1 package frozen round dumpling wrappers (gyoza/potsticker wrappers), defrosted at room temperature for 30 minutes (I used square wrappers – worked just fine)
for the slurry: 1 tablespoon cornstarch + 1/2 cup water (I didnt have any cornstarch handy, and used Wondra flour and water instead.)

1. To make the filling, put the cabbage in a food processor and process until cabbage is finely minced. Remove the cabbage to a large bowl and sprinkle with the salt. Let cabbage sit for 10 minutes. In the meantime, return the food processor bowl to the stand and add the ginger, chives, pork, pepper, soy sauce, rice wine and sesame oil. Pulse 4 times to mix the ingredients well. Set aside.

2. Use your hands to grab a handful of the cabbage and squeeze and discard the excess moisture out into the sink. You can also spoon all of the cabbage onto a cheesecloth and then squeeze all the water out. Place the dry cabbage back into the large bowl and add the pork mixture. Fold the cabbage into the pork mixture.

3. Mix together the slurry. Take one dumpling wrapper, spoon scant 1 tablespoon of the pork mixture onto the middle of the wrapper. Dip one finger into the slurry and “paint” the edges of the dumpling wrapper. Bring up the bottom side of the wrapper, fold up and press to shape into a half-moon shape, encasing all of the filling.* Place on baking sheet, cover loosely with plastic wrap and repeat with rest of dumplings. Make sure that the dumplings do not touch each other on the sheet.

*At this point, if you have square wrappers, its a bit different. Instead of a half moon, you fold from a square into a triangle. I then folded the ends of the triangle in (see below). Be gentle – its easy to rip them here!

Dont worry if you have a couple screwups, you’ll get the hang of it quickly. Its incredibly easy to overfill – when in doubt, underfill them!

4. When all dumplings assembled, you can cook immediately or cover with plastic wrap and refrigerate for up to several hours. To cook, half-fill a large pot with water and bring to boil. When boiling, and gently slide in 1/3 of the dumplings. When water returns to a boil, turn heat to a simmer and gently cook for 6-8 minutes. Remove with slotted spoon and repeat with remaining dumplings. Serve with hot chili sauce. Makes 50(ish) dumplings.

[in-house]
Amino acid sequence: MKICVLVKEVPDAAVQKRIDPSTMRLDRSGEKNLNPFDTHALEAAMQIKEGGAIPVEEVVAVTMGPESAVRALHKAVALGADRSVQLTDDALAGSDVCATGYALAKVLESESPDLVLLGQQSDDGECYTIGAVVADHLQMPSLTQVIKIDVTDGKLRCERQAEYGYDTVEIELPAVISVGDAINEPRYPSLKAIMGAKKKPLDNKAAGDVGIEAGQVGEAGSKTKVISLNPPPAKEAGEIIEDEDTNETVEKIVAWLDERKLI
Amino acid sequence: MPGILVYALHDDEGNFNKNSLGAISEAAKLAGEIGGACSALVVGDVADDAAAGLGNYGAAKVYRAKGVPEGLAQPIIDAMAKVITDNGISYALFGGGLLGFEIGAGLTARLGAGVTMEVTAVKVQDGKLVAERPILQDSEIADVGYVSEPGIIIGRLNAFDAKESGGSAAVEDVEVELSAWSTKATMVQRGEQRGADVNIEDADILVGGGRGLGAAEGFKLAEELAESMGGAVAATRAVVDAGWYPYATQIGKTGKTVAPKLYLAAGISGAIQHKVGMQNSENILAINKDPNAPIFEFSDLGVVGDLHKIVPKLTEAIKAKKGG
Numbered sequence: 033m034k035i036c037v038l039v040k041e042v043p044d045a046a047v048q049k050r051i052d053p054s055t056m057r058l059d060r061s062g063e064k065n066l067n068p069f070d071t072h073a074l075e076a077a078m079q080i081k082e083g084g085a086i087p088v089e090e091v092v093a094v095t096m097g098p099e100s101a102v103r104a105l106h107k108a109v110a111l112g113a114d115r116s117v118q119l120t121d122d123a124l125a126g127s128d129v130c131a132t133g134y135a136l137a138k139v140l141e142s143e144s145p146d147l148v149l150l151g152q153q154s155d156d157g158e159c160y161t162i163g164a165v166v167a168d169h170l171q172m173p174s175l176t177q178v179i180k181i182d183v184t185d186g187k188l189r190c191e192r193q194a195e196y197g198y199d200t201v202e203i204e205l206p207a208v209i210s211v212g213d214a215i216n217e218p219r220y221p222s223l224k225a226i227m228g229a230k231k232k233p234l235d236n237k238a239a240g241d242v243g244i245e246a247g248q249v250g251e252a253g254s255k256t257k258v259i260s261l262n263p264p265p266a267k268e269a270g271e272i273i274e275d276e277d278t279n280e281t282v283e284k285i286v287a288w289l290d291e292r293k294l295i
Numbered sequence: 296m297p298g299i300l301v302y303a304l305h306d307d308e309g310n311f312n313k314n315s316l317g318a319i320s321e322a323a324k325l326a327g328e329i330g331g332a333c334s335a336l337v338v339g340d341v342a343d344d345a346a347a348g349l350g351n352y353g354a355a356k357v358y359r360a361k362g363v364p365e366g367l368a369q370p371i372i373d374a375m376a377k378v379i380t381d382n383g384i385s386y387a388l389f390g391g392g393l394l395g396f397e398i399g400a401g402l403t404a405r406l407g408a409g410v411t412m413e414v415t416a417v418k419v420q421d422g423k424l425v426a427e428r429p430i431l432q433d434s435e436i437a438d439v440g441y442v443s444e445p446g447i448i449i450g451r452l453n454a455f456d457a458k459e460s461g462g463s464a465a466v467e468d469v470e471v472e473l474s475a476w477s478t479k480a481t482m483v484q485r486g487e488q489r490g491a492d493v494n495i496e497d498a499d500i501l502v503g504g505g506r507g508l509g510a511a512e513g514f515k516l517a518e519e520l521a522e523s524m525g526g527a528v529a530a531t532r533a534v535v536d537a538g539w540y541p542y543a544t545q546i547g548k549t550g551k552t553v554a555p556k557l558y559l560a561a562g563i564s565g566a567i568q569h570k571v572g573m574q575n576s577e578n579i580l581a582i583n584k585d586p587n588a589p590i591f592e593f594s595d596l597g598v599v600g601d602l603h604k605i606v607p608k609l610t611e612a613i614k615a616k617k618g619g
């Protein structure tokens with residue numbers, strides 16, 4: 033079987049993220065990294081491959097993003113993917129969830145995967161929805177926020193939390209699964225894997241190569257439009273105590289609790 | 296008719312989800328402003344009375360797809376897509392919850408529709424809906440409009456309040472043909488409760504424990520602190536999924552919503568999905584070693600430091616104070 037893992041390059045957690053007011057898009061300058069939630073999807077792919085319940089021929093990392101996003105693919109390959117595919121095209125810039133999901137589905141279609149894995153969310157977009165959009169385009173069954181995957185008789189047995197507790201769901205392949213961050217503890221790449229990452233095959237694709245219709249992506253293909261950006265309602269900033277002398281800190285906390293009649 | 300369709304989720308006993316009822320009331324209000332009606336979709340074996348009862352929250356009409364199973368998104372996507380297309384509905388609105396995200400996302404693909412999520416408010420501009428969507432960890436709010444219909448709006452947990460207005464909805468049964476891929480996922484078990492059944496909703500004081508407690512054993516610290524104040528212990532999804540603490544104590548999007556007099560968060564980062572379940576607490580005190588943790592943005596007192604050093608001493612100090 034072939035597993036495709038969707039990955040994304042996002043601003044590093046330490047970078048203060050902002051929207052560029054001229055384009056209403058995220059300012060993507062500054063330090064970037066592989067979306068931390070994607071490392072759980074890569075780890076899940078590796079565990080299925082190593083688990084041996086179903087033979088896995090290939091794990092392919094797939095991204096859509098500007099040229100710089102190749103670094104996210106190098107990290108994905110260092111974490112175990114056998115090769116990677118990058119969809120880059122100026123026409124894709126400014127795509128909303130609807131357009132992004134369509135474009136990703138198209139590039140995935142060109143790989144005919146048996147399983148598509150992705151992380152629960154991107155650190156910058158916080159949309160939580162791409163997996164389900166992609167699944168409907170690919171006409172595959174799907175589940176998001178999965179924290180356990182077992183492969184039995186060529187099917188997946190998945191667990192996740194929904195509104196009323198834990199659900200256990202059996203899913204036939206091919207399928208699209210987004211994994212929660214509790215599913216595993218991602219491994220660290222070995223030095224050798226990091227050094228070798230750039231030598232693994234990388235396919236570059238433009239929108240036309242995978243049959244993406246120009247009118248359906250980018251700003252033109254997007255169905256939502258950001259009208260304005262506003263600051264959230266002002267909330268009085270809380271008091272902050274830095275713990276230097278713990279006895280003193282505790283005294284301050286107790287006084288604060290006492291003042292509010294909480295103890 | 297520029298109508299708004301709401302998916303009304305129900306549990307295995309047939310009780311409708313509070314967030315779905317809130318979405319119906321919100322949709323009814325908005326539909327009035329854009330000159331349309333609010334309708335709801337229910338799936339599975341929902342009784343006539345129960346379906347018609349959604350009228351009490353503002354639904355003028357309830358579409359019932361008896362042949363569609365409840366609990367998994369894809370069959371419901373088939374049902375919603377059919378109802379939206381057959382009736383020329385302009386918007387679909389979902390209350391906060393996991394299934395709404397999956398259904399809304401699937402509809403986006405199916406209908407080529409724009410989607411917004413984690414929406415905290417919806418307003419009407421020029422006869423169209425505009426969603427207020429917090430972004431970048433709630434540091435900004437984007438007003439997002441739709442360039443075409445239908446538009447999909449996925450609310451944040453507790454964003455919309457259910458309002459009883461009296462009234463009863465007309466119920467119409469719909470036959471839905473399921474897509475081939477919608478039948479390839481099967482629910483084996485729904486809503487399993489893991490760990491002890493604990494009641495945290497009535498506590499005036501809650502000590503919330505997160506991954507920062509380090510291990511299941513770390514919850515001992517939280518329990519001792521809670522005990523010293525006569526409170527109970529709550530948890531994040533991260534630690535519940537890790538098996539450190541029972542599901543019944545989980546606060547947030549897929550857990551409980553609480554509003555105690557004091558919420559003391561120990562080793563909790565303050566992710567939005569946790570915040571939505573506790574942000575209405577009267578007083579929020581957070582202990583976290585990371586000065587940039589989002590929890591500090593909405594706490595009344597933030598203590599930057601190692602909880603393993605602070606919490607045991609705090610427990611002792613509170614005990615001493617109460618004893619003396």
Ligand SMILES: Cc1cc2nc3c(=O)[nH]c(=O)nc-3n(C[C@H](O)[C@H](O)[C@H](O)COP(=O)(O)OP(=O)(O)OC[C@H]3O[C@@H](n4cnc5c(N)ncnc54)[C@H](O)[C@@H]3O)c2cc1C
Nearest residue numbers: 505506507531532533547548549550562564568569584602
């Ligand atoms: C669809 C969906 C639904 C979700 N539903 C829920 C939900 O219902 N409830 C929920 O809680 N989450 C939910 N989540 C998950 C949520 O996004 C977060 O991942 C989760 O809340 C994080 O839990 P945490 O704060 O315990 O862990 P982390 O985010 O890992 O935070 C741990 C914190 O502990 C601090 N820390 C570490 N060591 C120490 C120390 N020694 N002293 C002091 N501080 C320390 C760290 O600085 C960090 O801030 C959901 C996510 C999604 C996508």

Snowflake Kitchen Dumpling Sauce
Chili Garlic Paste
Soy Sauce
Rice Wine Vinegar

Mix to taste – I used about equal parts of the soy/vinegar, one clove minced garlic (or frozen garlic cube) and one heaping tablespoon of chili garlic paste – cause I love the stuff. I added honey in small amounts until it balanced the acid and heat.

Really satisfying, even though a ton of work. I boiled the ones we ate that day and froze the rest. I think I might try steaming or pan frying the next batch. The wrappers are so versatile – I am scheming up new things to do with those… I see custom ravioli and dessert wontons in my future!

Poke. Its good for what ails you.

Now if I had my say I’d be eating this on the North Shore of O’ahu drinking a Mai Tai and watching the sunset. Instead I have this view:

Its not a bad view, its just not this one…

…but I digress.

Whenever I am in the need for a Hawaiian pick-me-up or I see some sushi grade tuna, its poke time.


Sushi grade tuna, cut into small squares
2 tablespoons soy sauce
1 tablespoon sesame oil
1 tablespoon each black and white toasted sesame seeds
1 scallion, chopped
1 sprinkle of Hawaiian pink sea salt (optional)